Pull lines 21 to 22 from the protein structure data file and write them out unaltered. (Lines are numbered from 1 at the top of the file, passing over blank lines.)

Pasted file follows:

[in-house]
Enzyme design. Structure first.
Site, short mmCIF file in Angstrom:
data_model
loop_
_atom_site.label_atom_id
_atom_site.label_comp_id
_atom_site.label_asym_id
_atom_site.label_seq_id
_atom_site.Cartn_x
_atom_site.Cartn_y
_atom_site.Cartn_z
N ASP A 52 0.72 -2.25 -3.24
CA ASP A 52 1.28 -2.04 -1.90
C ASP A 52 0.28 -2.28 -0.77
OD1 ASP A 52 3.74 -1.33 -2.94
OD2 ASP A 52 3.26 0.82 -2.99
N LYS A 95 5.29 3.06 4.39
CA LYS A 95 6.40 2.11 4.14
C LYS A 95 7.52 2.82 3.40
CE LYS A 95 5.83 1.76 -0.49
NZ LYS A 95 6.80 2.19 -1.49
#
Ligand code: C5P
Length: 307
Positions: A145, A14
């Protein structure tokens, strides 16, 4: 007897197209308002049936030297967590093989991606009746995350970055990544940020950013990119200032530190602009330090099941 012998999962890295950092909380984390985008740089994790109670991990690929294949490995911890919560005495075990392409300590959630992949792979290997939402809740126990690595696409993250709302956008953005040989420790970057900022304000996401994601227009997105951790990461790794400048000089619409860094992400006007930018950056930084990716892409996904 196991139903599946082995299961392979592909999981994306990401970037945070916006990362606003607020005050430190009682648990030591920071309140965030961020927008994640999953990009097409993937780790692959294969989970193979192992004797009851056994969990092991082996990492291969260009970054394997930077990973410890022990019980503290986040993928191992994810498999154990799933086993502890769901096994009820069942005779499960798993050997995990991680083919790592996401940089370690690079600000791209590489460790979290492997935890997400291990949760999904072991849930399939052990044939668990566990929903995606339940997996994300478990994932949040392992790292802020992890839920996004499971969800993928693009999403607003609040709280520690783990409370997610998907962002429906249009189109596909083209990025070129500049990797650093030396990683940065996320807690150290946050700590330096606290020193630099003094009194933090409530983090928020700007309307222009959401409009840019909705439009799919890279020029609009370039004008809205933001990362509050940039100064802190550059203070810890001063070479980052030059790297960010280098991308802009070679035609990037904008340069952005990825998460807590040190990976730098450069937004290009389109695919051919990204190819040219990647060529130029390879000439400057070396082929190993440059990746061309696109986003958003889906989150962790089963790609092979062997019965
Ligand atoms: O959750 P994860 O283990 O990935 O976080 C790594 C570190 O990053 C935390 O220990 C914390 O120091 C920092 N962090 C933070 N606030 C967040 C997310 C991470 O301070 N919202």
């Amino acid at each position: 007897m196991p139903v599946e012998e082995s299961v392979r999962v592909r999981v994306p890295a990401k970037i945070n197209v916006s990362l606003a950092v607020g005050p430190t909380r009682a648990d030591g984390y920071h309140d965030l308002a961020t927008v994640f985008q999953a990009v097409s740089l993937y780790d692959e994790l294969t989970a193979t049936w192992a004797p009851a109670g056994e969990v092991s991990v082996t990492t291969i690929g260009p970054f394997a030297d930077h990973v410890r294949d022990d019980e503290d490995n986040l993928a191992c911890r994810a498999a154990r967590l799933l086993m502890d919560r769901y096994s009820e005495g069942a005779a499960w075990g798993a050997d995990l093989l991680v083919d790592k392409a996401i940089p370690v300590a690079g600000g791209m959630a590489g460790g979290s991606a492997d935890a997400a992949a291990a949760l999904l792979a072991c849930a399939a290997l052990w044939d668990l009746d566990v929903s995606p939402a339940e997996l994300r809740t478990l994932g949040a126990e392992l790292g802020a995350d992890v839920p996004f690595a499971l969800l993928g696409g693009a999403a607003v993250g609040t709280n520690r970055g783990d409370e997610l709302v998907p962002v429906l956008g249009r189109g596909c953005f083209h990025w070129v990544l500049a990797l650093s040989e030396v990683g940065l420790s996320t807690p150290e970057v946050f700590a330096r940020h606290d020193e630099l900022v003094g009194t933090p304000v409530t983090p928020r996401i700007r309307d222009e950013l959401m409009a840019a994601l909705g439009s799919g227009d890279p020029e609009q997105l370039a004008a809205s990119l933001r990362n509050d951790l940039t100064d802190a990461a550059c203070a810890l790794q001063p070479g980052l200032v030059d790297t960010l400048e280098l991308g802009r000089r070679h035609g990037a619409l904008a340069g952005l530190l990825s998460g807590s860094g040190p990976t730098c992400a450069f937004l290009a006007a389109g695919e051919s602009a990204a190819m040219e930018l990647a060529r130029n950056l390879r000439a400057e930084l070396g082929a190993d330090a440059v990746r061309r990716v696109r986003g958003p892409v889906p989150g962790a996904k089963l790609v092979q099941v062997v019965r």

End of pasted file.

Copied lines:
CE LYS A 95 5.83 1.76 -0.49
NZ LYS A 95 6.80 2.19 -1.49